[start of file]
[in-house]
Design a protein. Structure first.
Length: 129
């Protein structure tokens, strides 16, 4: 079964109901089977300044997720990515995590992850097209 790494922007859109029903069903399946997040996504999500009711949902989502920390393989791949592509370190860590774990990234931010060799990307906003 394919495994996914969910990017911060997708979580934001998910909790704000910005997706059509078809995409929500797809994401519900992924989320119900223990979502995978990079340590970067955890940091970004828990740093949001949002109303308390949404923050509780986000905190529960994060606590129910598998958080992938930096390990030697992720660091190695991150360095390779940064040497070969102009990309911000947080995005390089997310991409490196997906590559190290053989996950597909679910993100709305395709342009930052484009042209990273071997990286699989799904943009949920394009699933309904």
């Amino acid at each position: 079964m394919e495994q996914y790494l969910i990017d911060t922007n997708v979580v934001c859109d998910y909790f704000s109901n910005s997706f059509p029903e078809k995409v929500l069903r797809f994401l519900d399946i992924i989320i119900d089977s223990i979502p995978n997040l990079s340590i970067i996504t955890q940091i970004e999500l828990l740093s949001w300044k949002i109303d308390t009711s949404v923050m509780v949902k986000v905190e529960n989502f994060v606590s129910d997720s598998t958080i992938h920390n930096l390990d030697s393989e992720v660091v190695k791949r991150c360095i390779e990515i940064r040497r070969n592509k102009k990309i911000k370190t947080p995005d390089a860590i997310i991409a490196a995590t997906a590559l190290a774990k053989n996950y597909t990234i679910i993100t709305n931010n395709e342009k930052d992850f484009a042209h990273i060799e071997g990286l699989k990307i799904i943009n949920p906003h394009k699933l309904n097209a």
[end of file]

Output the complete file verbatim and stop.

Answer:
[in-house]
Design a protein. Structure first.
Length: 129
């Protein structure tokens, strides 16, 4: 079964109901089977300044997720990515995590992850097209 790494922007859109029903069903399946997040996504999500009711949902989502920390393989791949592509370190860590774990990234931010060799990307906003 394919495994996914969910990017911060997708979580934001998910909790704000910005997706059509078809995409929500797809994401519900992924989320119900223990979502995978990079340590970067955890940091970004828990740093949001949002109303308390949404923050509780986000905190529960994060606590129910598998958080992938930096390990030697992720660091190695991150360095390779940064040497070969102009990309911000947080995005390089997310991409490196997906590559190290053989996950597909679910993100709305395709342009930052484009042209990273071997990286699989799904943009949920394009699933309904």
């Amino acid at each position: 079964m394919e495994q996914y790494l969910i990017d911060t922007n997708v979580v934001c859109d998910y909790f704000s109901n910005s997706f059509p029903e078809k995409v929500l069903r797809f994401l519900d399946i992924i989320i119900d089977s223990i979502p995978n997040l990079s340590i970067i996504t955890q940091i970004e999500l828990l740093s949001w300044k949002i109303d308390t009711s949404v923050m509780v949902k986000v905190e529960n989502f994060v606590s129910d997720s598998t958080i992938h920390n930096l390990d030697s393989e992720v660091v190695k791949r991150c360095i390779e990515i940064r040497r070969n592509k102009k990309i911000k370190t947080p995005d390089a860590i997310i991409a490196a995590t997906a590559l190290a774990k053989n996950y597909t990234i679910i993100t709305n931010n395709e342009k930052d992850f484009a042209h990273i060799e071997g990286l699989k990307i799904i943009n949920p906003h394009k699933l309904n097209a």